Saturday 3 December 2016

From the prison yard to farmyard for inmates on learning curve

Published 24/12/2015 | 02:30

Noirin Keary with a rocking horse Photo: Steve Humphreys
Noirin Keary with a rocking horse Photo: Steve Humphreys
Operational governor Patrick Kavanagh Photo: Steve Humphreys
The workshop Photo: Steve Humphreys
A pet rabbit Photo: Steve Humphreys

Ronnie and Reggie Kray, Rocky Balboa, and Bonnie and Clyde are five of the most popular names in Wheatfield Place of Detention in west Dublin - but it's not the prisoners that are named after these streetwise gangsters and movie heroes. Rather, they're the names given to the prison's five pet pigs who live on the campus.

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The pigs are part of a mini-farm which the prisoners have full responsibility for, and which also includes ducks, birds, chickens, fish and rabbits.

Animals are now very much part of the Irish prison system as they are therapeutic for the prisoners, Wheatfield's operational governor Patrick Kavanagh explained.

"It is just so good for [the prisoners'] mood to be working with animals. They are very prevalent in the prison system. Shelton Abbey and Loughan House [two open prisons] have farms," Mr Kavanagh said.

When the Irish Independent visited Wheatfield earlier this month, there were 467 prisoners behind bars, 70 of these serving life sentences.

Governor Kavanagh operates a "fair" regime in the prison, which first opened its doors in 1989.

Along with his team of colleagues, he introduced a weapons amnesty programme in 2012. And, assaults using weapons have dropped there by 95pc.

"I went around to every landing, workshop and class to get everyone. I told them clearly, 'We have a problem, it is very dangerous here'."

The amnesty was first held in June that year and has been run sporadically since when required. Safe bins in which to deposit weapons were placed in areas where they were no cameras, to offer prisoners anonymity in return for their cooperation.

Such was the success of the programme, chiefs in the Irish Prison Service (IPS) are now understood to be considering rolling out the scheme in other institutions.

The working and training prison offers inmates the opportunity to participate in classes and workshops. In return for cooperation and participation, prisoners can enjoy more frequent visits and phone calls.

"Every prisoner that comes in here starts off as standard. If they engage in services - psychology, probation, addiction services and education - they can move up to an enhanced level," Mr Kavanagh said.

Among the benefits of being at the enhanced level is two phone calls per day.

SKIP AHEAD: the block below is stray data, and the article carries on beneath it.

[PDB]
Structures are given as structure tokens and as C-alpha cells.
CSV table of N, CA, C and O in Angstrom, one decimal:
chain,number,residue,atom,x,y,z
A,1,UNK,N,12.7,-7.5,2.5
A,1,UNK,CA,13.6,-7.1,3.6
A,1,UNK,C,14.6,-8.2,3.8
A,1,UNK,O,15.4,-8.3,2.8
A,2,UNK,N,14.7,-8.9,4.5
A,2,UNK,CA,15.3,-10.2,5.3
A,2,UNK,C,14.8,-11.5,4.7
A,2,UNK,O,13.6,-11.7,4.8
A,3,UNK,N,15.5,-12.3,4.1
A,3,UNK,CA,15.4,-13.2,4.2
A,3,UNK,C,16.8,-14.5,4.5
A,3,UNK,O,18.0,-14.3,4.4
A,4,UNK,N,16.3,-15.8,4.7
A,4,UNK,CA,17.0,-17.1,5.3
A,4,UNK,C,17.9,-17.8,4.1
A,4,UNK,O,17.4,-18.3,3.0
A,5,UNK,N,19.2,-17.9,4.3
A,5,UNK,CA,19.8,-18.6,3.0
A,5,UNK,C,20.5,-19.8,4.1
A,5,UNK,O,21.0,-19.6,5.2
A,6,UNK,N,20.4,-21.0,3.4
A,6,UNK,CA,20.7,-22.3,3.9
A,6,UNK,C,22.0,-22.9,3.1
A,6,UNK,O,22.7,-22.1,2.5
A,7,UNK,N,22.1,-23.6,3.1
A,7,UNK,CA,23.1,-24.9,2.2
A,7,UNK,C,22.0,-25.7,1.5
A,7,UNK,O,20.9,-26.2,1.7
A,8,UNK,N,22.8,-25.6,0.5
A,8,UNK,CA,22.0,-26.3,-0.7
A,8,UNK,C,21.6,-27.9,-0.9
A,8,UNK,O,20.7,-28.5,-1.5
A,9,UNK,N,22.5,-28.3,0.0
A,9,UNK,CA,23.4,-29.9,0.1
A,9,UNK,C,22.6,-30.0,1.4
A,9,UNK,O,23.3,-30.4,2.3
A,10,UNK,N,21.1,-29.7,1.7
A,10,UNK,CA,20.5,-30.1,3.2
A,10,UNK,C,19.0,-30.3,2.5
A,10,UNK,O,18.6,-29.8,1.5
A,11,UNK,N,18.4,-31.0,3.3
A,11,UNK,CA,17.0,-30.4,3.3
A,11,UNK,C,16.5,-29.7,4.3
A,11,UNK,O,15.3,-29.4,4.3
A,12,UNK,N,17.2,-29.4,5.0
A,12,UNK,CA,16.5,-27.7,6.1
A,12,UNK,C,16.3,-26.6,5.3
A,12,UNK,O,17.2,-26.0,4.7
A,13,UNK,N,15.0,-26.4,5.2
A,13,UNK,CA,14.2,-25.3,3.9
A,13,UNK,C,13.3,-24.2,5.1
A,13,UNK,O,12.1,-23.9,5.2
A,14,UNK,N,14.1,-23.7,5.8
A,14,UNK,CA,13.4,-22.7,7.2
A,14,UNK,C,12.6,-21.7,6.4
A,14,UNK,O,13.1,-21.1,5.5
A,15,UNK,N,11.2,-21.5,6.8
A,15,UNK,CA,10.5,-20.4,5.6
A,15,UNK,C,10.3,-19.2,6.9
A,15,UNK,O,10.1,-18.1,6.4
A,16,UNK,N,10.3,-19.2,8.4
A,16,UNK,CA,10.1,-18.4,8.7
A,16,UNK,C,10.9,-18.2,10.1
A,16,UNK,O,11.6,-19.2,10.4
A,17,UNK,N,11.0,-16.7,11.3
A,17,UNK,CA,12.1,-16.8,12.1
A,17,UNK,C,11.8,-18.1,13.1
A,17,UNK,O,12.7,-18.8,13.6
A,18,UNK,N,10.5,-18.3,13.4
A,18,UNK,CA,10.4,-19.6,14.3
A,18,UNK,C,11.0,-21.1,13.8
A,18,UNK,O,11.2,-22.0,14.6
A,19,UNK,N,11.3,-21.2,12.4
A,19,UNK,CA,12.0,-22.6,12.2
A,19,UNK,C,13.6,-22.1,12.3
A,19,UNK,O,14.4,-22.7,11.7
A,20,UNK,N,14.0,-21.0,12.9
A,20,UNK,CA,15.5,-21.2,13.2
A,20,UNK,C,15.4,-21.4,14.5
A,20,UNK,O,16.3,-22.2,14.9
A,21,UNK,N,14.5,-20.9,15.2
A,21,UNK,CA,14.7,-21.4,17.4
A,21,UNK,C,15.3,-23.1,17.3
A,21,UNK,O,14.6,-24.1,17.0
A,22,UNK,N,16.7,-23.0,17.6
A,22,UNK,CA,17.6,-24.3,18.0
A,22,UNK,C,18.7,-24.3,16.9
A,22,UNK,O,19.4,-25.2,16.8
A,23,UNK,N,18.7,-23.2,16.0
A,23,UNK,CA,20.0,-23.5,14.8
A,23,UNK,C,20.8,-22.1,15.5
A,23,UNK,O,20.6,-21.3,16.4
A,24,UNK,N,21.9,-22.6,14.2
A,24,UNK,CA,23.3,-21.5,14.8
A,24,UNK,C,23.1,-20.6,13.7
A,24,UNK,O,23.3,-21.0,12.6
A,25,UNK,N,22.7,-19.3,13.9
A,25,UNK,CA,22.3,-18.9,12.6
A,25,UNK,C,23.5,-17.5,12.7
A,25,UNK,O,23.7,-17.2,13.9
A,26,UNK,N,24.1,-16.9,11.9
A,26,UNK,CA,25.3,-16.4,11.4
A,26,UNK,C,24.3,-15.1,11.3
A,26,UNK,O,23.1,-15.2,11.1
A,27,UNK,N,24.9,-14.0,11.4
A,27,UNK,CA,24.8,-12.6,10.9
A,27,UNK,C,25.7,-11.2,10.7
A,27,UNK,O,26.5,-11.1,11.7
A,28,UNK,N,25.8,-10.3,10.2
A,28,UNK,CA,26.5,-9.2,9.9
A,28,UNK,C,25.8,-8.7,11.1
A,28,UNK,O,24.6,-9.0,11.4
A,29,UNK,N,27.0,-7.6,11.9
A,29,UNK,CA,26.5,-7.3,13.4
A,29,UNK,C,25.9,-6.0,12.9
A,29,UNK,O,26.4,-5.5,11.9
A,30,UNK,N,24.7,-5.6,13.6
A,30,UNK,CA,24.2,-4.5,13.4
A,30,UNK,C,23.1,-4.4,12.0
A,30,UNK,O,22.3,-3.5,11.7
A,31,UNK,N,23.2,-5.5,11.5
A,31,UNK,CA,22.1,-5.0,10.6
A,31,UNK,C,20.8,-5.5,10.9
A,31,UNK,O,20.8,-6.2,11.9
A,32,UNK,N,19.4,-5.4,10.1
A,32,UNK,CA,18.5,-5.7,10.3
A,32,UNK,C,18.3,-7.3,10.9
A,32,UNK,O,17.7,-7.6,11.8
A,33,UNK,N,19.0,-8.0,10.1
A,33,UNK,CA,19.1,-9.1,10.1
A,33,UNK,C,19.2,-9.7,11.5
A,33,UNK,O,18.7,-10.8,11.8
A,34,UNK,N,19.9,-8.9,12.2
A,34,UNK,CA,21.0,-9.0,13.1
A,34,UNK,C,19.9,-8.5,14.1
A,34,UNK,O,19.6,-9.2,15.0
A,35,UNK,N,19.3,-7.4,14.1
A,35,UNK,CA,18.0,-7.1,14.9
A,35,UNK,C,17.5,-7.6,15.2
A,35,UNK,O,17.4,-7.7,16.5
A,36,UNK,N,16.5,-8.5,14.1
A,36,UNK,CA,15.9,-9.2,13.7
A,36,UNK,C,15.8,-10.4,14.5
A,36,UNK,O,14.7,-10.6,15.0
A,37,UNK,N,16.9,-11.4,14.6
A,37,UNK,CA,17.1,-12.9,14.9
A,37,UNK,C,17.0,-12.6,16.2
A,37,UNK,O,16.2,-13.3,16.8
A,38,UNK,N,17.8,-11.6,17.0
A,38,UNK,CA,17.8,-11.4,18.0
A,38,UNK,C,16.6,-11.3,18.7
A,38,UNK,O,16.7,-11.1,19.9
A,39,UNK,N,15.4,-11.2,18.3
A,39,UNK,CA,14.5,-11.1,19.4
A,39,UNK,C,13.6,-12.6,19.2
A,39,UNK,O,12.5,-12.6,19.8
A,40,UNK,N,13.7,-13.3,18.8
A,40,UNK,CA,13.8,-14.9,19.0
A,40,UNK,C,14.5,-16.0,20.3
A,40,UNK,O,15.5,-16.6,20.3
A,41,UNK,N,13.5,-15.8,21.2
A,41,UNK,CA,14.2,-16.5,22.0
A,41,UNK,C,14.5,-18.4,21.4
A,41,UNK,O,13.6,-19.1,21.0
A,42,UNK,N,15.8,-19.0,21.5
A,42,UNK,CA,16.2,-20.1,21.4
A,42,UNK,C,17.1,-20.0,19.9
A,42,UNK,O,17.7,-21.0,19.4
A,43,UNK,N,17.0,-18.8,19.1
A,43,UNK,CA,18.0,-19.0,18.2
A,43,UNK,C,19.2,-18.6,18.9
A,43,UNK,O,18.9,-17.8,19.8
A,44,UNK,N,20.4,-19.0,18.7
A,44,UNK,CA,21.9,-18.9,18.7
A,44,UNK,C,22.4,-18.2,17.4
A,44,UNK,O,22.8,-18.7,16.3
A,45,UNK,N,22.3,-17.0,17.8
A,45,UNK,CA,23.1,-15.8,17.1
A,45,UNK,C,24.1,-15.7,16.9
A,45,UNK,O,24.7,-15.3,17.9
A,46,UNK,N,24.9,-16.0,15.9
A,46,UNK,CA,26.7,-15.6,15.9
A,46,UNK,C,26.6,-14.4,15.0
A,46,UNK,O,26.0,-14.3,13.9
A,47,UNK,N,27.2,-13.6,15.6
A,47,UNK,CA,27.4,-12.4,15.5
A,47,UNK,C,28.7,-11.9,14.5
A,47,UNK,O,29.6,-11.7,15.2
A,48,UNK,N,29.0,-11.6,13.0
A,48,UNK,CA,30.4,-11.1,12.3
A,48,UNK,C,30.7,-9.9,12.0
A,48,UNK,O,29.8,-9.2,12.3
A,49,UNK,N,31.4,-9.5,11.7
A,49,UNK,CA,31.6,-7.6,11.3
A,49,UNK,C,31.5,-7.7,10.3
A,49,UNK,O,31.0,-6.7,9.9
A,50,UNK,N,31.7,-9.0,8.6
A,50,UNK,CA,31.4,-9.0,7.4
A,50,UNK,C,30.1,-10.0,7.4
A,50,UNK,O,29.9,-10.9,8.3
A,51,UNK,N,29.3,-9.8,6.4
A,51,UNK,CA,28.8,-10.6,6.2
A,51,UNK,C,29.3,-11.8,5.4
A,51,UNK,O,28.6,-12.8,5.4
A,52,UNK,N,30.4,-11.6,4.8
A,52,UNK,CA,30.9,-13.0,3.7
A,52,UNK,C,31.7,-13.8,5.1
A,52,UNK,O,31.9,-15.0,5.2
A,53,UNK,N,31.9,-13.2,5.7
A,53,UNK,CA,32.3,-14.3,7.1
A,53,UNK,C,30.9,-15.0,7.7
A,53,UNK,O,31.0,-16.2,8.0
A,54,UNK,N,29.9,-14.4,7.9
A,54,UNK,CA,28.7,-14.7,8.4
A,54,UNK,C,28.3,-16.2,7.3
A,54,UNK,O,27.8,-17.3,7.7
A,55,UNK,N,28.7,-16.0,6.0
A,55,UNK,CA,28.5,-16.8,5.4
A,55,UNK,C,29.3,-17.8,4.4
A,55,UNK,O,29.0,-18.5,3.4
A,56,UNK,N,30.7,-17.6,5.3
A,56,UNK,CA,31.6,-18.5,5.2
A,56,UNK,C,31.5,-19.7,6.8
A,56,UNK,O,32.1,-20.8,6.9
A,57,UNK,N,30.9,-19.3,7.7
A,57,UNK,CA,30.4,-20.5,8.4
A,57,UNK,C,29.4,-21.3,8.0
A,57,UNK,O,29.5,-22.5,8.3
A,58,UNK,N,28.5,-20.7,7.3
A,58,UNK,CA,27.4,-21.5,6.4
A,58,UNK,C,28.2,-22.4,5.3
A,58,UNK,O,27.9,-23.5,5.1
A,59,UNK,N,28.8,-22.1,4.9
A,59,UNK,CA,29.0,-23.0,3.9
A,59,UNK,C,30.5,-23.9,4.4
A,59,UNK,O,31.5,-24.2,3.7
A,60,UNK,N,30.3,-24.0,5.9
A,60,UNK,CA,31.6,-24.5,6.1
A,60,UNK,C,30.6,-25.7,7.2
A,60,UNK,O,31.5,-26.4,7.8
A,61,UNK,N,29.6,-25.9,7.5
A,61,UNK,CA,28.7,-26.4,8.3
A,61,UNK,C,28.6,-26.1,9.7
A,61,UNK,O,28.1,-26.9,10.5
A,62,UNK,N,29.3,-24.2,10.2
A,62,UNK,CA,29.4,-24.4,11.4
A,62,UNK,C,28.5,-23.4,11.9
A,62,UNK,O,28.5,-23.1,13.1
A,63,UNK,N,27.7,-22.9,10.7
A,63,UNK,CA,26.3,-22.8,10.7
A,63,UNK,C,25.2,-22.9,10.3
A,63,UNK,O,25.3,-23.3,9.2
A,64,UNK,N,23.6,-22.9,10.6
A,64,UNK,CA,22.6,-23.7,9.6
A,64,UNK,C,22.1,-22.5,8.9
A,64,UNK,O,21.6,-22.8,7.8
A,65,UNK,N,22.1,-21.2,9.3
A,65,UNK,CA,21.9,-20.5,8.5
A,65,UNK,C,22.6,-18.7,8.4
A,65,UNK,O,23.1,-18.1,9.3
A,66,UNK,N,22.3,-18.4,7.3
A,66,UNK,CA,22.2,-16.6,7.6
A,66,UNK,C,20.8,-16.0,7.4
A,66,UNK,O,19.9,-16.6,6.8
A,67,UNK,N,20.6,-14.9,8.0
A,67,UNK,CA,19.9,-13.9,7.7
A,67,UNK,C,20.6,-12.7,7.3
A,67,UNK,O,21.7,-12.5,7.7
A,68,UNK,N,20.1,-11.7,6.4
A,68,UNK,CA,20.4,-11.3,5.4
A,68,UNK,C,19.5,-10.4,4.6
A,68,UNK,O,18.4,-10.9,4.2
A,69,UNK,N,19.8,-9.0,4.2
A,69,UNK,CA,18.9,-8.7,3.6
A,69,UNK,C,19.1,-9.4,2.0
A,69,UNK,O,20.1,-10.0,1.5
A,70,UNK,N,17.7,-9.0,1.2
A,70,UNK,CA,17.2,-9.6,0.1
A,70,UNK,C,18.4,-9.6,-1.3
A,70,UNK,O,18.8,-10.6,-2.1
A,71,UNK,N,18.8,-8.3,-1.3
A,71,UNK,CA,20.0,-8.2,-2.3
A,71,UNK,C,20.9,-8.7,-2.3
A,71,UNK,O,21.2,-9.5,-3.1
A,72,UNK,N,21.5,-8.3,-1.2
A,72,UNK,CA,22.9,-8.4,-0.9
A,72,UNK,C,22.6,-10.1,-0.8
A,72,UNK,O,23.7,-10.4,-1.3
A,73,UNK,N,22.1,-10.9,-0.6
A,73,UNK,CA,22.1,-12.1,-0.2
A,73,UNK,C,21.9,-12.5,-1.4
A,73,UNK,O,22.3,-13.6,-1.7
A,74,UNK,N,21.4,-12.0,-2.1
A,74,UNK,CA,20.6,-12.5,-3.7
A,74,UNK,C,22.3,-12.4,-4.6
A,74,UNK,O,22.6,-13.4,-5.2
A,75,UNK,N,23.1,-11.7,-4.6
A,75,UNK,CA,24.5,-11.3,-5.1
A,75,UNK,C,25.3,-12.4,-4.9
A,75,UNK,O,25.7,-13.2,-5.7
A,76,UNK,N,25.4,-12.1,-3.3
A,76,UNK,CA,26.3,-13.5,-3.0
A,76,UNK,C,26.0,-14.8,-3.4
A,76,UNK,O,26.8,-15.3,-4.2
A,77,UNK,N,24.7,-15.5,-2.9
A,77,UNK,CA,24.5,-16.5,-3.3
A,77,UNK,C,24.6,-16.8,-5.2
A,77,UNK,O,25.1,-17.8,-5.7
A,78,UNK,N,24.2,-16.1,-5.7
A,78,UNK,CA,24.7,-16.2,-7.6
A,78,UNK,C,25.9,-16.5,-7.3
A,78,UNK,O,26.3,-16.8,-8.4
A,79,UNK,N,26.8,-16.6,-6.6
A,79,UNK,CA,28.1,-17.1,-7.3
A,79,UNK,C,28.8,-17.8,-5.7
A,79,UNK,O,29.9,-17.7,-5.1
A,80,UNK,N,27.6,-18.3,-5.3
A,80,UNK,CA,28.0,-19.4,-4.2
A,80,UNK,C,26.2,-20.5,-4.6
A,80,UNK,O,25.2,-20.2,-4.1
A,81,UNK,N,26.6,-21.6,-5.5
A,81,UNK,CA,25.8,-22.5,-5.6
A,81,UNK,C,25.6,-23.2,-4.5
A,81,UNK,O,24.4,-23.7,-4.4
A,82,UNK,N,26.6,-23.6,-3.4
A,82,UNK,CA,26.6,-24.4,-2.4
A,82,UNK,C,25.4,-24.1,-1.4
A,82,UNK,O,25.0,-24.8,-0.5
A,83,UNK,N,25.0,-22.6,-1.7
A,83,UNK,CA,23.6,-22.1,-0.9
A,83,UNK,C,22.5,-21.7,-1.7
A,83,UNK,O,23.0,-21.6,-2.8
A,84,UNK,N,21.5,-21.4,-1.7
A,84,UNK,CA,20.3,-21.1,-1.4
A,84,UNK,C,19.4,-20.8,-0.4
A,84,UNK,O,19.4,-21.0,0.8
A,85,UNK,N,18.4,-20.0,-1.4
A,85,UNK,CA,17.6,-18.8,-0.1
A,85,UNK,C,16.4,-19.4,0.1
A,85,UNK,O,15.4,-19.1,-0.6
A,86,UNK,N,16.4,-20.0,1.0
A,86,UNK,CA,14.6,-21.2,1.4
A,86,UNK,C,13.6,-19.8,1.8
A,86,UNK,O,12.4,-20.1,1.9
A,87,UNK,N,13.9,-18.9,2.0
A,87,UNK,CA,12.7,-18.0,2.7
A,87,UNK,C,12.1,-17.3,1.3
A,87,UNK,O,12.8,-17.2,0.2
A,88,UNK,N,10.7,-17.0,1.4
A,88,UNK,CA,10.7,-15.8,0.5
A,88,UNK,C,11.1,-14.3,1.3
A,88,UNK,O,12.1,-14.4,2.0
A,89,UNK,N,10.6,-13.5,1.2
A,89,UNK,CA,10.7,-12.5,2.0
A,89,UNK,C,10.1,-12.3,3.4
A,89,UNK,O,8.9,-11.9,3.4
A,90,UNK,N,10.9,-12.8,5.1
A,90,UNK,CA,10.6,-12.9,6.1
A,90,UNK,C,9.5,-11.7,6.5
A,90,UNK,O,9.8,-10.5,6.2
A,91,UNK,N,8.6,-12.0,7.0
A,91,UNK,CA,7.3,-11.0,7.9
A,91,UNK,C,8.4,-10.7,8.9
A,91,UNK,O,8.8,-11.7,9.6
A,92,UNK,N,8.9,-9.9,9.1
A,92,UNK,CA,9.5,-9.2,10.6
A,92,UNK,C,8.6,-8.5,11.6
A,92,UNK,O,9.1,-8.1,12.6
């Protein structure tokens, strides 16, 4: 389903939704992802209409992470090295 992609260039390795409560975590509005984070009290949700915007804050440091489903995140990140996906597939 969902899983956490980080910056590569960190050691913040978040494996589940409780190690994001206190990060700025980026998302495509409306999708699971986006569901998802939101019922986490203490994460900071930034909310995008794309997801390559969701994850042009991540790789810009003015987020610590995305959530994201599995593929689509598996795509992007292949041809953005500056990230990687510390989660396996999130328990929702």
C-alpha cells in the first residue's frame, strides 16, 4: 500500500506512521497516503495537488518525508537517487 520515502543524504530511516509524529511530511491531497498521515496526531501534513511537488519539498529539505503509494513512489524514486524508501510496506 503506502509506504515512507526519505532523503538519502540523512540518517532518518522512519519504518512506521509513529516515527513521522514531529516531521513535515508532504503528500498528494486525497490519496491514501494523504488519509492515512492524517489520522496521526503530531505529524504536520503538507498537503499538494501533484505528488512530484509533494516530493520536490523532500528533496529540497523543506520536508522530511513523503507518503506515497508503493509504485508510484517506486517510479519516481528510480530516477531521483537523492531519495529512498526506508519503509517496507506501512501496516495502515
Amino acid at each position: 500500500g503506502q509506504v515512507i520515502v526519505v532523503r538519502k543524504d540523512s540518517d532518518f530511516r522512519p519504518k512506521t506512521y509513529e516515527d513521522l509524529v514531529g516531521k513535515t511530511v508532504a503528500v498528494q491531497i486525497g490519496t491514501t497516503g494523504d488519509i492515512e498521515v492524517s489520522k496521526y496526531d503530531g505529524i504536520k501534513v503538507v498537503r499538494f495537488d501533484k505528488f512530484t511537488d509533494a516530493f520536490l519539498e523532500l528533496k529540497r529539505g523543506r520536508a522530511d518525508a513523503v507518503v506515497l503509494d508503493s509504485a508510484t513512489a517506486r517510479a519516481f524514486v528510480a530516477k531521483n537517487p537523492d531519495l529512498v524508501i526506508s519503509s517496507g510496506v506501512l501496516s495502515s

However, if an inmate chooses not to "engage fully and meaningfully", they can be moved back down to basic level. "That's three phone calls a week, it means their accommodation isn't as good and it means they have to work their way back up," Mr Kavanagh explained.

"Equally, if they look for any concessions within the prison system, we don't accede to them. The idea is that you have to work for anything you have in here."

The farm is part of the prison's work and training programme.

Inmates are also offered the opportunity to participate in workshops which include joinery, welding, construction and picture framing. They regularly build ornate dolls houses and intricate rocking horses for charity, and every course run there has an accredited qualification.

The prison also operates a laundry and inmates clean laundry from the adjoining prison, Cloverhill. They get bread from Mountjoy where a bakery is in operation.

Five chefs in the kitchen are currently training up to 20 prisoners. Sugar crafts have become popular and inmates have made Peppa Pig, Super Mario and minion-decorated novelty cakes.

"One of the staff down there is very good at the sugar crafts. So he said, 'I'll show them'. That's very popular now," Noirin Keary, Wheatfield's industrial manager, said.

Brenda Fitzpatrick is the head teacher in the detention centre's educational unit. Inmates all have the opportunity to attend classes, and the school offers a number of courses and exams, which include the Junior and Leaving Certificates.

"We have students here who would be full-time and others who might come one day a week because they are enrolled in engaging with work and training also," Ms Fitzpatrick said

One student, who staff described as a star pupil, revealed that he has done two stints behind bars though he is just 29 years old.

He now wants to work in first aid when he is released.

"When I was in other prisons, I hadn't got an education," he said. "I arrived in Wheatfield in 2013 and I started my education here.

"I am going to my cell tired because I am doing a lot of work. I have put in an awful lot here the last few years. I am not thinking about crime."

Irish Independent

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